Smiling faces at an Old Town Artisan Studios class.

Tucked off a small side street in La Quinta Cove is a sparkling oasis of serenity and inclusiveness—dedicated to the healing power of art.

Founders Richard and Victory Grund created Old Town Artisan Studios 10 years ago as a gift to the community, and as a vehicle for them to share their passionate belief that art is for everyone. The backstory: After Victory Grund lost her parents, she fell into a deep depression. A concerned neighbor handed her a lump of clay with the instruction to “build something”—and Grund quickly realized the power of art to heal even the deepest wounds. It was a lesson she felt compelled to share with the world, and share, she has: Last year alone, Old Town Artisan Studios’ outreach program reached 21,683 people in the Coachella Valley.

Through a heavily timbered Spanish gateway sits a multilevel compound with tree-shaded courtyards, patios, fountains and historic buildings. Coletta Herbold, the studio coordinator, gave me a tour. What started as a family homestead grew to include three houses, which were later converted into restaurants. The buildings and a little more than three acres were purchased three years ago by the nonprofit Old Town Artisans Studios foundation. After a year of renovations, doors opened to the public.

Today, there are six studios in the various buildings. The topics for classes and workshops include wheel-thrown and hand-built ceramics, painting, fused and stained glass, fabrics and mixed media. The shaded patios with their fountains provide a pleasant retreat for sack lunches and are also available for events. The costs are kept low, and the popularity of the classes and workshops allows the foundation to channel tax-deductible donations toward serving the less fortunate in our valley.

In keeping with the commitment “to provide a positive art experience for all people despite age, disability or financial condition,” the Old Town Artisan Studios offers a number of programs, including youth summer day camps with a variety of artistic mediums, programs for special-needs youth and adults, outreach programs that partner with charities throughout the valley, and a new program for Alzheimer’s patients and their caregivers.

Thomas Burns is the executive director. The Chicago native has lived in California for 23 years. He founded the Carmel International Film Festival; prior to that, he founded and published the national art magazine ARTWORKS.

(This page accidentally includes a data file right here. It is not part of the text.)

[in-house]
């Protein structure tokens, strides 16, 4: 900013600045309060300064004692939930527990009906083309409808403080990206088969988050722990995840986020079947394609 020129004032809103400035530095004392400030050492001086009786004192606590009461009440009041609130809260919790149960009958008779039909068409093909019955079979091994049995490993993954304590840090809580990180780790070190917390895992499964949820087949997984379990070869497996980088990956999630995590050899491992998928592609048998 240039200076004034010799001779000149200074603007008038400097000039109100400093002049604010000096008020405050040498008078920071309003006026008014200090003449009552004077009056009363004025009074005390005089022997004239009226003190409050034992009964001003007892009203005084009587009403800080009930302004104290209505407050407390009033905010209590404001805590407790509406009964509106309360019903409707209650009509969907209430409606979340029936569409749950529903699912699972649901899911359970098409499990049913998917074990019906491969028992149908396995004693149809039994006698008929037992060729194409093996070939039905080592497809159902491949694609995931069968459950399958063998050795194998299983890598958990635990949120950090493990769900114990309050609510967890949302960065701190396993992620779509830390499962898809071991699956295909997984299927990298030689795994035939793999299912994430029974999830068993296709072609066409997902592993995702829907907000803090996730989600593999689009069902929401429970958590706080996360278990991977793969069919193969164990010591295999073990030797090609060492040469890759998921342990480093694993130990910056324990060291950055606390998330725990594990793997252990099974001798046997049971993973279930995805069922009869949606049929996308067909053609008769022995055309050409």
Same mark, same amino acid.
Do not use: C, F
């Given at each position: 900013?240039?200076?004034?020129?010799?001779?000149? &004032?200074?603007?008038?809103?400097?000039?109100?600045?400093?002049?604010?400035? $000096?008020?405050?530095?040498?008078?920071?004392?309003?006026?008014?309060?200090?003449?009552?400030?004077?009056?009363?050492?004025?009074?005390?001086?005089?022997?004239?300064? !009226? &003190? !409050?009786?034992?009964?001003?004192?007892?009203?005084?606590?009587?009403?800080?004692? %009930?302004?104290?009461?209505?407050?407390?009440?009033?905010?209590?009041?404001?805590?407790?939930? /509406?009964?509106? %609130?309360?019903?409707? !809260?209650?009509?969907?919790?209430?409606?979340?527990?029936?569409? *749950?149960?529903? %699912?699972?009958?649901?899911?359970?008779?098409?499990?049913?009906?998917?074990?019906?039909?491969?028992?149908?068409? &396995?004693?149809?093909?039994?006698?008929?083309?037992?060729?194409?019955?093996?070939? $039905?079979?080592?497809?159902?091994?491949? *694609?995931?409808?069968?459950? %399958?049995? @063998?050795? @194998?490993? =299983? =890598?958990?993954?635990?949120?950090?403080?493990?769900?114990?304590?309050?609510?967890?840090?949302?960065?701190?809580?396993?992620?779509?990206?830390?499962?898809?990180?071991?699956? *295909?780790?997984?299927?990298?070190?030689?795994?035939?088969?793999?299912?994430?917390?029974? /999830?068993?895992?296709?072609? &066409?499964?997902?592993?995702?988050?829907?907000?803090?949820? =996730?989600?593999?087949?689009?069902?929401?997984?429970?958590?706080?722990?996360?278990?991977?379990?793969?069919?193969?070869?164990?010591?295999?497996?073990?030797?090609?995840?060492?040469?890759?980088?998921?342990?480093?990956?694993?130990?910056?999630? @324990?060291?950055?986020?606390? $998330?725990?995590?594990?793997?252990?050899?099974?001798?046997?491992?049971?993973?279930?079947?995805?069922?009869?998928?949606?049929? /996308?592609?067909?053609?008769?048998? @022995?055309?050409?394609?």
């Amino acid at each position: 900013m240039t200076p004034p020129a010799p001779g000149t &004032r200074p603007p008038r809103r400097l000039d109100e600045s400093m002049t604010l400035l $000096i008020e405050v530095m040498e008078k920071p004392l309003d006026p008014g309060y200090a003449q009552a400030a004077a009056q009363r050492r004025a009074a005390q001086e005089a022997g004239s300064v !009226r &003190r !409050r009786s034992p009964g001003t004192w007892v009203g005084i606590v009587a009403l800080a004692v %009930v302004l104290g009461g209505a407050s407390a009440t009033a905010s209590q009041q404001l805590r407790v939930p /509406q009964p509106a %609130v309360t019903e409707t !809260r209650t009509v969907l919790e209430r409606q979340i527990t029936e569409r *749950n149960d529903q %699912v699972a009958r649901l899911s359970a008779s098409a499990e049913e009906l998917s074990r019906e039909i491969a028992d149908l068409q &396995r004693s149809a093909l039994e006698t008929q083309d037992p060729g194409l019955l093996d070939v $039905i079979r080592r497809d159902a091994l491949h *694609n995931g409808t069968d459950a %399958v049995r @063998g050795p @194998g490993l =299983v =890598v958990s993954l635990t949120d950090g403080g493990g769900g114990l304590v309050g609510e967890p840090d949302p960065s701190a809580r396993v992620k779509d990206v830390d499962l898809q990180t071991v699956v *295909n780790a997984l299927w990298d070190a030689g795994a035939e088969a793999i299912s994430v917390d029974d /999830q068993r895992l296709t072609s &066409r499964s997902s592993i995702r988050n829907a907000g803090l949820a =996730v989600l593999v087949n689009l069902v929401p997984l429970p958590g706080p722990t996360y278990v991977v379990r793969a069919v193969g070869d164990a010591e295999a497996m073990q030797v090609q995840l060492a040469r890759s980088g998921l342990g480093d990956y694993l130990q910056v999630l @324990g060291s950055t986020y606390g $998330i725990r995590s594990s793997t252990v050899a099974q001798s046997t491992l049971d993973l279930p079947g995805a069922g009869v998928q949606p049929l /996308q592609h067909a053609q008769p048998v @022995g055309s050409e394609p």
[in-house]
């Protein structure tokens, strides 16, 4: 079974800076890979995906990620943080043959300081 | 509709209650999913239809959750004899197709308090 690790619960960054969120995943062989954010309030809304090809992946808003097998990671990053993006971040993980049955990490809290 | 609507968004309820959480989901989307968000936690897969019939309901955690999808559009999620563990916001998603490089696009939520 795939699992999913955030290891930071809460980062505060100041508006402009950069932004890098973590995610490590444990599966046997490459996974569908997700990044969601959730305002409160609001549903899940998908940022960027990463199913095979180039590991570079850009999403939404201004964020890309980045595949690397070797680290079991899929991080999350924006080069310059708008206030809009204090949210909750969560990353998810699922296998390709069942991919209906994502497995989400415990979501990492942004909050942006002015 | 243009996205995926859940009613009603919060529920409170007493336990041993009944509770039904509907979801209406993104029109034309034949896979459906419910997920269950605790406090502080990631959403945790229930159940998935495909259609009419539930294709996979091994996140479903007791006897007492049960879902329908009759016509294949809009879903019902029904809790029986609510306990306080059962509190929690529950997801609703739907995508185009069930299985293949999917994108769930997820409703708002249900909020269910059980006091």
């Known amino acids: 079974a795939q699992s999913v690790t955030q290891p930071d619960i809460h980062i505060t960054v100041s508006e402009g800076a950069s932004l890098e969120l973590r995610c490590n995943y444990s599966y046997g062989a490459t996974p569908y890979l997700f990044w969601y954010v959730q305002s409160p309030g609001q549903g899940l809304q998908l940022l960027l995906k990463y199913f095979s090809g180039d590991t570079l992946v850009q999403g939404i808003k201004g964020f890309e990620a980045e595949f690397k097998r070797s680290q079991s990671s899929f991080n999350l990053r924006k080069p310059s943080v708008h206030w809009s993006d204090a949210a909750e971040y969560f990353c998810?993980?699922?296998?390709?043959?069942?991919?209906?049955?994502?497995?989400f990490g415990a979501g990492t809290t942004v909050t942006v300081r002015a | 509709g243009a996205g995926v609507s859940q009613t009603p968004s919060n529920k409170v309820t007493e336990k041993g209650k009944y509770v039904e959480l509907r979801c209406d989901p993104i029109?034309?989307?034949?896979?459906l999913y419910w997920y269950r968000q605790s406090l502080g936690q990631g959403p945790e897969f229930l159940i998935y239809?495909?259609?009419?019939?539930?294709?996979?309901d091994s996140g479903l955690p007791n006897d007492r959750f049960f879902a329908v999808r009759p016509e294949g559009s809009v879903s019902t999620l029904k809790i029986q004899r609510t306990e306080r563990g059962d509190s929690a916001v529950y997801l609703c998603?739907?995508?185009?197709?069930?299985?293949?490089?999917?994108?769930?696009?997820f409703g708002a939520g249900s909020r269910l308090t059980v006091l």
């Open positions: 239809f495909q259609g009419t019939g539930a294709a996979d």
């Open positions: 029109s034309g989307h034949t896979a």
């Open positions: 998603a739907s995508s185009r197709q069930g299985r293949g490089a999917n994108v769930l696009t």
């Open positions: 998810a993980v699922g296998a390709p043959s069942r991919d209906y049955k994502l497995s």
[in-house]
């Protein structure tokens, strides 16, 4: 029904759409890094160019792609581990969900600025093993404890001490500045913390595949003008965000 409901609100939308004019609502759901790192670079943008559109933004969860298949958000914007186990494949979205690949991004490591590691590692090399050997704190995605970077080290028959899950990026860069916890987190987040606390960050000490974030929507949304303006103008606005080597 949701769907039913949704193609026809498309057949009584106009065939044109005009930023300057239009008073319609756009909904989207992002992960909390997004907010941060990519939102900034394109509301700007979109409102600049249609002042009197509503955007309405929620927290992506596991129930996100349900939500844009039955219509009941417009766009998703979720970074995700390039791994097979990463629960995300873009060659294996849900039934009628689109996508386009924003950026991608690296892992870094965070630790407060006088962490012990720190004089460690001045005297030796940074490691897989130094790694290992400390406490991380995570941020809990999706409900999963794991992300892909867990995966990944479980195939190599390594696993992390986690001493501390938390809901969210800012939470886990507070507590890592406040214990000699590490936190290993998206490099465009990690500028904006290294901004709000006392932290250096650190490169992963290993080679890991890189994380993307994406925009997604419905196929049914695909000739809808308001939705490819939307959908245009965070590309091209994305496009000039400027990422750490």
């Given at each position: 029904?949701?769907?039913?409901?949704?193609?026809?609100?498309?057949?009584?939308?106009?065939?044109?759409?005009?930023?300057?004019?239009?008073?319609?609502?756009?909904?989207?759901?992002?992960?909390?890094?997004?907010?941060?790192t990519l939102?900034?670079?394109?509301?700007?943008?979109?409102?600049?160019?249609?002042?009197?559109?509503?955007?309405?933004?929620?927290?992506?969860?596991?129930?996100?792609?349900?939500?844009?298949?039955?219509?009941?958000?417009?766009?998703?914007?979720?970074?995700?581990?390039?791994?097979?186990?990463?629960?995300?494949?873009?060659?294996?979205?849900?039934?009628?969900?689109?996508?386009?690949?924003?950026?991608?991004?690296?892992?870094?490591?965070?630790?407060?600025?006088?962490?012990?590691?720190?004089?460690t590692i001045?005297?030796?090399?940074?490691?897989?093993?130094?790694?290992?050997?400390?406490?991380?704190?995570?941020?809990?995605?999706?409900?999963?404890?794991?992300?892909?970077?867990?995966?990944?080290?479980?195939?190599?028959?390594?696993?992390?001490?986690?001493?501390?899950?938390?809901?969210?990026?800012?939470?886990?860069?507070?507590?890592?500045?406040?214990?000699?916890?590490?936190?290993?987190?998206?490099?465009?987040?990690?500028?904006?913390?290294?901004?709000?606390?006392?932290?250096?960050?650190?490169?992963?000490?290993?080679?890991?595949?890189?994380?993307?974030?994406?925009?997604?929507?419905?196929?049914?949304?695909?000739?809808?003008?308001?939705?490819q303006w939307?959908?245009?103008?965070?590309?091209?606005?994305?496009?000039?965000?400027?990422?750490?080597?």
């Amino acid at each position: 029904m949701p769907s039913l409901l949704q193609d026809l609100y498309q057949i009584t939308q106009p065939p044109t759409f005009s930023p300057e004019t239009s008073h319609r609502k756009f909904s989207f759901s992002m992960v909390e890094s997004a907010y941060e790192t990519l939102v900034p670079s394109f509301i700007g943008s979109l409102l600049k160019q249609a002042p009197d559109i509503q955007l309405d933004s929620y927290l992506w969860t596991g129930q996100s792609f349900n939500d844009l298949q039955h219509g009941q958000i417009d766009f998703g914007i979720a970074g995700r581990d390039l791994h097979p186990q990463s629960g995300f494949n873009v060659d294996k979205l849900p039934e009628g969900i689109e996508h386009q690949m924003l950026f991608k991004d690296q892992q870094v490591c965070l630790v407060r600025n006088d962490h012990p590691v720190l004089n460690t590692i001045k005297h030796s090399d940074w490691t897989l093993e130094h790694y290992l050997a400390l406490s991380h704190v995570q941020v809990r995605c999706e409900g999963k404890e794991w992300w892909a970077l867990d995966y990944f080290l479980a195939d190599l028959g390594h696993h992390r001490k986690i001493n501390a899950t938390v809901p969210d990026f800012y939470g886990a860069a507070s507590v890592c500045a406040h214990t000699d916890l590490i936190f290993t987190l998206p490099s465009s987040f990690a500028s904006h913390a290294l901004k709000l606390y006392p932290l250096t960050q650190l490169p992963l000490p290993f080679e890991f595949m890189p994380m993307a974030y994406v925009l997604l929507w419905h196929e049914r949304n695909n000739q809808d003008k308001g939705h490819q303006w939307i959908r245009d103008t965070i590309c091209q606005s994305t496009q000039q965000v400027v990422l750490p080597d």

“The Summer Youth Camps are one of our most popular offerings. Last year, the classes sold out early,” he said. “This year, we are doubling the size. Because of this, we are able to split the camps into two age groups, 7 to 11, and 12 and up.

“The camps are one week long, Monday through Friday. Mornings and afternoons are different mediums. We even had a sewing class. Girls and boys both made their own backpacks and used them. We supply all the materials and drinks and a healthy snack. It’s bring-your-own lunch on the patio.”

During my tour, I saw a special-needs class working in clay in the large studio.

“The La Quinta High School special-needs class comes here,” Burns explained. “We also have adults as well. We don’t separate them from the rest of our clients. We want everyone to be able to have the same experience.”

The Alzheimer’s program is a fairly new addition.

“When we started the Alzheimer’s program, I wanted to make sure that we included the caregivers as well,” Burns said. “People actually sign up for this through the local Alzheimer’s Association. … They wanted a variety of classes for stimulation.”

Veterans receive a deep discount on all fee-based classes and workshops. Old Town Artisan Studios’ outreach program partners with other local charities to make sure anyone who can’t afford the modest fees has access to classes.

“We have two vans that go out into the community almost every day,” Burns said. “For example, we work with the YMCA and the Boys and Girls Clubs to bring our instructors and experience to people who can’t come to the studios here. The YMCA alone has asked us to visit 40 locations. At some of these locations, there are up to 100 kids waiting for us. We’ll make it to all of them.

“We’re here to help. If we have the demand and the funding, we’ll be there. We don’t want to turn anybody down. Whatever the demand, we’ll go.”

I asked Burns about Old Town Artisan Studios’ plans for the future.

“Over the summer, we’ll be flipping our reception and retail spaces,” he said. “In our gallery, we will be changing exhibits every two weeks. We’ll be featuring work by our instructors and also some of our students. Some of our best shows have been by our students.

“We are producing a line of dinnerware that is all handmade here on site. Along with that, we are starting an events business. Right now, when someone wants to hold an event here, they have to provide all the food and setup themselves. We want to bring in our own chef and offer organic food served on our own plates.”

Burns said other long-term plans include the addition of a community-performance space and more artists’ studios geared to professional artists.

As I was leaving, I noticed a sign next to the entry gate. It reinforced my own impression of what I had just experienced: “We believe that art is healing and has an everlasting positive impact on each of us and the world around us.”

Old Town Artisan Studios is located at 78046 Calle Barcelona, in La Quinta. For more information, call 760-777-1444, or visit